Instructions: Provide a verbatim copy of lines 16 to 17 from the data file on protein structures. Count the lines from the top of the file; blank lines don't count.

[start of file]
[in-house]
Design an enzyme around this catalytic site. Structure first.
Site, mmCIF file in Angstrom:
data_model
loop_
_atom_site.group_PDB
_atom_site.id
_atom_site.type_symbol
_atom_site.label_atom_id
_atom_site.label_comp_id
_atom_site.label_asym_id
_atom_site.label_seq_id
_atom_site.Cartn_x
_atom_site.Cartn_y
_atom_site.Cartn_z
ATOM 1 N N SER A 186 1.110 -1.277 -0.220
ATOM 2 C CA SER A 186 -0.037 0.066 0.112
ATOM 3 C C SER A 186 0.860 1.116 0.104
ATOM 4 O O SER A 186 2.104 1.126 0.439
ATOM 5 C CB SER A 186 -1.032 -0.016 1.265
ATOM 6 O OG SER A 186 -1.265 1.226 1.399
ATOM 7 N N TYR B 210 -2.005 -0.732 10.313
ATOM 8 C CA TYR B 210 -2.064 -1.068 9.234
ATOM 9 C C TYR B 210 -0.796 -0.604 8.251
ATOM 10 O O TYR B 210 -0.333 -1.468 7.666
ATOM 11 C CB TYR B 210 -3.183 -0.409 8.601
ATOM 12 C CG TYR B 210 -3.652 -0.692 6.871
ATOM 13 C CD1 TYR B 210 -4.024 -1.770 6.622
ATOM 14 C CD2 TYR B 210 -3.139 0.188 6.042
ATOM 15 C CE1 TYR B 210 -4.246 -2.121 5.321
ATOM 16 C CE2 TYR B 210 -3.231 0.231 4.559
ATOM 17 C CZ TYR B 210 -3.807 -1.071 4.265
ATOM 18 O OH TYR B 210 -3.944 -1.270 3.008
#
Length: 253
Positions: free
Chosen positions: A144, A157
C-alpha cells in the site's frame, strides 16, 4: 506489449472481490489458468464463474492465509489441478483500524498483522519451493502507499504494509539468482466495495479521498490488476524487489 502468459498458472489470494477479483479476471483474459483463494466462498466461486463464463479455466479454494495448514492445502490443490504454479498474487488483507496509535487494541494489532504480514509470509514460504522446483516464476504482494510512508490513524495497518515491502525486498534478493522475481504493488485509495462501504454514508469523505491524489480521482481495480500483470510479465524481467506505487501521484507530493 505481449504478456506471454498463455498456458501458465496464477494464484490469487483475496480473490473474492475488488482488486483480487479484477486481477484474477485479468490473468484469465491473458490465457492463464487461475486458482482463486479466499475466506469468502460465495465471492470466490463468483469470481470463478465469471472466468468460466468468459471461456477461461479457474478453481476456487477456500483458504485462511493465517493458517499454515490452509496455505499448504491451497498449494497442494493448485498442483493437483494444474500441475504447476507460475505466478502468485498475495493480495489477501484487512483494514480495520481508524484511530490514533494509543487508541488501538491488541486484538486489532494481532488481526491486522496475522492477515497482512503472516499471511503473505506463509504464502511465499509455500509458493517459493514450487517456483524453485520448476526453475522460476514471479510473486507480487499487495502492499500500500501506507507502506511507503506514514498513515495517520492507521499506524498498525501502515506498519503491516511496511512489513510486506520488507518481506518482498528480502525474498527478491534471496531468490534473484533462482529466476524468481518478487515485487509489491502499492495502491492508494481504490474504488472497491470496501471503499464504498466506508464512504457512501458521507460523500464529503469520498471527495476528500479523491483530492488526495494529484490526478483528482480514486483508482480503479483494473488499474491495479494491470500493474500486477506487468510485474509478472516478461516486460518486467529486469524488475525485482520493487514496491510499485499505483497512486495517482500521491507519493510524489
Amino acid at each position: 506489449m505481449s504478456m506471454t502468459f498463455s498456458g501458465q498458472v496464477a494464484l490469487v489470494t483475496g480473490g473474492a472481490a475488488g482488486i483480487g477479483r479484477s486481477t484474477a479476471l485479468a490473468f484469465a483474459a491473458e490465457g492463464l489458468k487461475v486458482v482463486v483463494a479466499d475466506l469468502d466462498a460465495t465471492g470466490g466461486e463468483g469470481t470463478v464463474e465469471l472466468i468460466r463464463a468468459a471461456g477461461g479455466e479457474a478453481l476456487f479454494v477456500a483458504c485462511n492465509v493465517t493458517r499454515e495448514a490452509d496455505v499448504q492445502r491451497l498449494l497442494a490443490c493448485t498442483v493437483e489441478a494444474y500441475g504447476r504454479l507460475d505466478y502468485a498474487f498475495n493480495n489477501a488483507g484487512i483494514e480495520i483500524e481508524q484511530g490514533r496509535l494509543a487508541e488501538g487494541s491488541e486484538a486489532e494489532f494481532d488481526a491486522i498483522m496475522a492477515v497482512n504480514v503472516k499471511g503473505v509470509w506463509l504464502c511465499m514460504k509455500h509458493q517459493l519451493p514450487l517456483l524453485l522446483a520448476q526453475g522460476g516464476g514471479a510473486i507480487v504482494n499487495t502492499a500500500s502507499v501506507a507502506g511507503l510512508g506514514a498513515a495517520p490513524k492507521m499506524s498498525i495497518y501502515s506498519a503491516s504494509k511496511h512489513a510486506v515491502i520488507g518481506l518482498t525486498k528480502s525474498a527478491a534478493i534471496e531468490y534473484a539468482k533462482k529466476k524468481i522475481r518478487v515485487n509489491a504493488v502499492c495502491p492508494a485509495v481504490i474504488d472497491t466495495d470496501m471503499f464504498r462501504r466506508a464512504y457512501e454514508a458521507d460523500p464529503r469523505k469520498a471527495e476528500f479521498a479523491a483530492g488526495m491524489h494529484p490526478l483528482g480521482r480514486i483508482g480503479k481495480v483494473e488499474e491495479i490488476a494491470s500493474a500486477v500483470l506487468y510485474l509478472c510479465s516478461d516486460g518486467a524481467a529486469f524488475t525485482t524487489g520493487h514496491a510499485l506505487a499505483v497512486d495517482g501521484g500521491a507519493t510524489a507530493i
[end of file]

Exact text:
ATOM 1 N N SER A 186 1.110 -1.277 -0.220
ATOM 2 C CA SER A 186 -0.037 0.066 0.112